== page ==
20 September 2015

Tags: conference | java |


September 19, 2015 I visited JDay Lviv Java conference. This report is for myself just to keep track talks I’ve attended.

Consistency, availability and partition tolerance: these seemingly innocuous concepts have been giving engineers and researchers of distributed systems headaches for over 15 years. But despite how important they are to the design and architecture of modern software, they are still poorly understood by many engineers. This session covers the definition and practical ramifications of the CAP theorem; you may think that this has nothing to do with you because you “don’t work on distributed systems”, or possibly that it doesn’t matter because you “run over a local network.” Yet even traditional enterprise CRUD applications must obey the laws of physics, which are exactly what the CAP theorem describes. Know the rules of the game and they’ll serve you well, or ignore them at your own peril…

Everyone is talking about microservices these days! So the question is should you also jump on that bandwagon and why those somewhat older colleagues of yours (yep, those that still remember the EJB 2 revolution) are not that enthusiastic? To help you make the right decisions, this talk will first focus on explaining complexity - the problem microservices claim to solve. It then will concentrate on modular architecture and how it compares to what most people understand by microservices! Live demo will present multiple ways to modularize existing JEE application going from “monolithic” Glassfish EJB/JSF style app through SpringBoot and OSGi to reach a distributed system with a portal as front-end.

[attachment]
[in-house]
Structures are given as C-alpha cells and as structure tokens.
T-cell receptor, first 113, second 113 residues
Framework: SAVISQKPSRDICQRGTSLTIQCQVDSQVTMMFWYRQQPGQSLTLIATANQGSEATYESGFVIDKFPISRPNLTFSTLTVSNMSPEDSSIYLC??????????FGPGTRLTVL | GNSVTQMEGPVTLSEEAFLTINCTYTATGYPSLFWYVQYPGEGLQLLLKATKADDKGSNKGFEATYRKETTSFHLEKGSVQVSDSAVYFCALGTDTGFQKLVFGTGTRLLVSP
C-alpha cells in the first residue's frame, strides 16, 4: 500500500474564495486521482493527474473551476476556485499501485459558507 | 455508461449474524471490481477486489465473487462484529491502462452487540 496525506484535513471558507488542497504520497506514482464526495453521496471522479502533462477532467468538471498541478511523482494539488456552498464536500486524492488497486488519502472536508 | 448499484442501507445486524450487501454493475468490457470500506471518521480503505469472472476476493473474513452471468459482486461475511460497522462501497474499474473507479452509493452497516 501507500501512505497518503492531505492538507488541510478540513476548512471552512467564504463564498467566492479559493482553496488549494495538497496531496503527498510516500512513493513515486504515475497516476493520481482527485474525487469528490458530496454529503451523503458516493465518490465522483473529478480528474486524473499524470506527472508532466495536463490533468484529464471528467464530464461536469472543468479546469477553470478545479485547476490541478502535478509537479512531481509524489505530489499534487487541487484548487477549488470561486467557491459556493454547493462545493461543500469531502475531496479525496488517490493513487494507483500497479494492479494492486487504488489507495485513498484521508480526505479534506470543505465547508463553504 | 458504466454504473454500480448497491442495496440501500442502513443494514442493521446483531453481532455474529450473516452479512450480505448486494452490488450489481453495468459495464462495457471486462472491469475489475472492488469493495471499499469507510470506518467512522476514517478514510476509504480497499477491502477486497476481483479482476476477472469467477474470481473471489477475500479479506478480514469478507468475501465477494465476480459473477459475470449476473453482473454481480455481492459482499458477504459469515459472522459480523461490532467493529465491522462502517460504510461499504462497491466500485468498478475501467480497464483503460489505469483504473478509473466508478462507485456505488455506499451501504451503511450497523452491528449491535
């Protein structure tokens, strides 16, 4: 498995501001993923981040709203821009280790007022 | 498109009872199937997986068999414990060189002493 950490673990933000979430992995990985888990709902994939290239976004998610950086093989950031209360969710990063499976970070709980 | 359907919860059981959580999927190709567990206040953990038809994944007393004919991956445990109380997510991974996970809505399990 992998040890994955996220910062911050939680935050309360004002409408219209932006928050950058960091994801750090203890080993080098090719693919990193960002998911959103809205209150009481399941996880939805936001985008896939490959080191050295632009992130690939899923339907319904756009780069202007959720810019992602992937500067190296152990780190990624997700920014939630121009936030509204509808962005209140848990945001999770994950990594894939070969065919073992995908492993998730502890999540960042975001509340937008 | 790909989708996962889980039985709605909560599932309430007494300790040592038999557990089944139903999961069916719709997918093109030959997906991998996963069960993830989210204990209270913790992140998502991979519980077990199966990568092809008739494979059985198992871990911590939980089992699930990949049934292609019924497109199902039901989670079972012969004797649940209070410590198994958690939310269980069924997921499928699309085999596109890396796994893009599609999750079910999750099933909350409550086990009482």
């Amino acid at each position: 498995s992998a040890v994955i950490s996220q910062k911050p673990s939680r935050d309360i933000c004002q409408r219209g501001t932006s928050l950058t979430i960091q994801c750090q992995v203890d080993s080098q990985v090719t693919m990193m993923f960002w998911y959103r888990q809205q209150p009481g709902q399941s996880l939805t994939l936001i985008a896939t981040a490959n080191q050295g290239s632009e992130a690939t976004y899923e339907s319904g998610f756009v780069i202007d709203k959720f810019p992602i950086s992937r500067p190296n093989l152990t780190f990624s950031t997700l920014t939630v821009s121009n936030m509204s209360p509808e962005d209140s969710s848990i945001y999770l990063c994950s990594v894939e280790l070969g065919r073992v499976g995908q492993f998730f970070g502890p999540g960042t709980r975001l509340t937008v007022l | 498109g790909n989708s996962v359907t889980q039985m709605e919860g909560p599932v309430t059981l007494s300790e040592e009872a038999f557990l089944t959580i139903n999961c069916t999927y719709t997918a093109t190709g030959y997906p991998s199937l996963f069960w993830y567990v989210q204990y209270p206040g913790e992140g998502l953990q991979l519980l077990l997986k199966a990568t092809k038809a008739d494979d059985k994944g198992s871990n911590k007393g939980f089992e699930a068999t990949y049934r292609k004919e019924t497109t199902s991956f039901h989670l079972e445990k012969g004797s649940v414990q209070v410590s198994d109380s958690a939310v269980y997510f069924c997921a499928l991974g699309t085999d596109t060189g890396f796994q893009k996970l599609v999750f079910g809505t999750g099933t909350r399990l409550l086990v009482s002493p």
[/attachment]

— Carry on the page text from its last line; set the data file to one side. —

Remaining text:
Almost every developer heard about design patterns. They was introduced long time ago to solve particular set of repeating problems in systems of different complexity level and size. But there is an opinion that many design patters just filled holes in the OOP languages of that time. Java as one of them has transformed and improved significantly in the last 10 years. So may be we could review design patterns implementation in modern Java world? Some of them are now may be easily replaced with language idioms, some others may be covered with existing libraries and frameworks. I’m sure you know some design patterns that are dead now or became anti-patterns in their initial implementation. Lets make this fun and useful review together!

The aim of this presentation is to introduce listener to a functional programming concepts that were introduced in Java 8. Presentation covers lambda expressions, an imperative-programmer-friendly definition of a monad and an application of Java 8 monads in everyday java developer life.

For the past 5 years I have been working on highly-loaded systems, solving problems and optimizing them. In my talk I will explain how the IoT has changed the understanding of high-load and why this trend changes the rules. What are asynchronous sockets and how they work. What are the solutions up to date and why Netty has no competitors? How does Netty work, what are its strengths, weaknesses, pitfalls? How to get the most, out of your code, where to look and what to do? And many other tips and advices on how to optimize your code ranging from simple cases up to choosing a JDBC pool.

comments powered by Disqus